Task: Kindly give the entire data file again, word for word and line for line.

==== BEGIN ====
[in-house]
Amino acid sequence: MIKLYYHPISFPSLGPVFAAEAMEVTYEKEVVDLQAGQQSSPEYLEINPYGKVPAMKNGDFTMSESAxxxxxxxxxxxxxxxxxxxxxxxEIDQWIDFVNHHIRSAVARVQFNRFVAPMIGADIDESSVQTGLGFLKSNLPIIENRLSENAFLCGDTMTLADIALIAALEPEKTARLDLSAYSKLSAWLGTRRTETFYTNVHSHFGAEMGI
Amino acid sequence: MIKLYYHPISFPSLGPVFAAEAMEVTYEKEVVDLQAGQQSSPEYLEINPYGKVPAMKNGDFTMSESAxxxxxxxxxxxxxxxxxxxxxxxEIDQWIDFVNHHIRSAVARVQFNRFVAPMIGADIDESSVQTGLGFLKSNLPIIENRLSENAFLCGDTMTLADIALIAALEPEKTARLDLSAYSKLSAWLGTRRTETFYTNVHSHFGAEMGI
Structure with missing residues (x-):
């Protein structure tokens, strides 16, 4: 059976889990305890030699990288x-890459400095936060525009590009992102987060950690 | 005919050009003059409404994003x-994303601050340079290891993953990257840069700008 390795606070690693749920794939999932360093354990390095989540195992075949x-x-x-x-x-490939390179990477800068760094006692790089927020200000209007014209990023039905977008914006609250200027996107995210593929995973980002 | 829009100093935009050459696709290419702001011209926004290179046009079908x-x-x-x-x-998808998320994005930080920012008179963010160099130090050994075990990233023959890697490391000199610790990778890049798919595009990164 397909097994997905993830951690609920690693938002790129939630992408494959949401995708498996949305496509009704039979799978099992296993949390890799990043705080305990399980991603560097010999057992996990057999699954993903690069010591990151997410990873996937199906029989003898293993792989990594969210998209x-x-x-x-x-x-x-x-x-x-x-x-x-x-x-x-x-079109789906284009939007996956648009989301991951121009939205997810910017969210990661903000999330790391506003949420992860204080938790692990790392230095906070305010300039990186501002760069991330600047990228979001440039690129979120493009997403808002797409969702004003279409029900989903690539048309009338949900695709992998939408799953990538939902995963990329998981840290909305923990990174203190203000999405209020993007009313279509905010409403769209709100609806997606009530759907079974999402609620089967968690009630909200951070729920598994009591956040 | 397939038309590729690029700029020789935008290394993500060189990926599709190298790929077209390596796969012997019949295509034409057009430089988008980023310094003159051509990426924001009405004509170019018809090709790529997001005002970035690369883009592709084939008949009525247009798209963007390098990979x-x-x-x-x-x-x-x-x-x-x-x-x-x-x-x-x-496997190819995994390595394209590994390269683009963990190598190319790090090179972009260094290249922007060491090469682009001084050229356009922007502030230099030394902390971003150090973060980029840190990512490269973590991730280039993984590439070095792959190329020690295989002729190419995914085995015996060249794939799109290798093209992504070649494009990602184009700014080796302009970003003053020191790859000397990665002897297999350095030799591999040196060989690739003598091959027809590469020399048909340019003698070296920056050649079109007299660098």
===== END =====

[in-house]
Amino acid sequence: MIKLYYHPISFPSLGPVFAAEAMEVTYEKEVVDLQAGQQSSPEYLEINPYGKVPAMKNGDFTMSESAxxxxxxxxxxxxxxxxxxxxxxxEIDQWIDFVNHHIRSAVARVQFNRFVAPMIGADIDESSVQTGLGFLKSNLPIIENRLSENAFLCGDTMTLADIALIAALEPEKTARLDLSAYSKLSAWLGTRRTETFYTNVHSHFGAEMGI
Amino acid sequence: MIKLYYHPISFPSLGPVFAAEAMEVTYEKEVVDLQAGQQSSPEYLEINPYGKVPAMKNGDFTMSESAxxxxxxxxxxxxxxxxxxxxxxxEIDQWIDFVNHHIRSAVARVQFNRFVAPMIGADIDESSVQTGLGFLKSNLPIIENRLSENAFLCGDTMTLADIALIAALEPEKTARLDLSAYSKLSAWLGTRRTETFYTNVHSHFGAEMGI
Structure with missing residues (x-):
């Protein structure tokens, strides 16, 4: 059976889990305890030699990288x-890459400095936060525009590009992102987060950690 | 005919050009003059409404994003x-994303601050340079290891993953990257840069700008 390795606070690693749920794939999932360093354990390095989540195992075949x-x-x-x-x-490939390179990477800068760094006692790089927020200000209007014209990023039905977008914006609250200027996107995210593929995973980002 | 829009100093935009050459696709290419702001011209926004290179046009079908x-x-x-x-x-998808998320994005930080920012008179963010160099130090050994075990990233023959890697490391000199610790990778890049798919595009990164 397909097994997905993830951690609920690693938002790129939630992408494959949401995708498996949305496509009704039979799978099992296993949390890799990043705080305990399980991603560097010999057992996990057999699954993903690069010591990151997410990873996937199906029989003898293993792989990594969210998209x-x-x-x-x-x-x-x-x-x-x-x-x-x-x-x-x-079109789906284009939007996956648009989301991951121009939205997810910017969210990661903000999330790391506003949420992860204080938790692990790392230095906070305010300039990186501002760069991330600047990228979001440039690129979120493009997403808002797409969702004003279409029900989903690539048309009338949900695709992998939408799953990538939902995963990329998981840290909305923990990174203190203000999405209020993007009313279509905010409403769209709100609806997606009530759907079974999402609620089967968690009630909200951070729920598994009591956040 | 397939038309590729690029700029020789935008290394993500060189990926599709190298790929077209390596796969012997019949295509034409057009430089988008980023310094003159051509990426924001009405004509170019018809090709790529997001005002970035690369883009592709084939008949009525247009798209963007390098990979x-x-x-x-x-x-x-x-x-x-x-x-x-x-x-x-x-496997190819995994390595394209590994390269683009963990190598190319790090090179972009260094290249922007060491090469682009001084050229356009922007502030230099030394902390971003150090973060980029840190990512490269973590991730280039993984590439070095792959190329020690295989002729190419995914085995015996060249794939799109290798093209992504070649494009990602184009700014080796302009970003003053020191790859000397990665002897297999350095030799591999040196060989690739003598091959027809590469020399048909340019003698070296920056050649079109007299660098």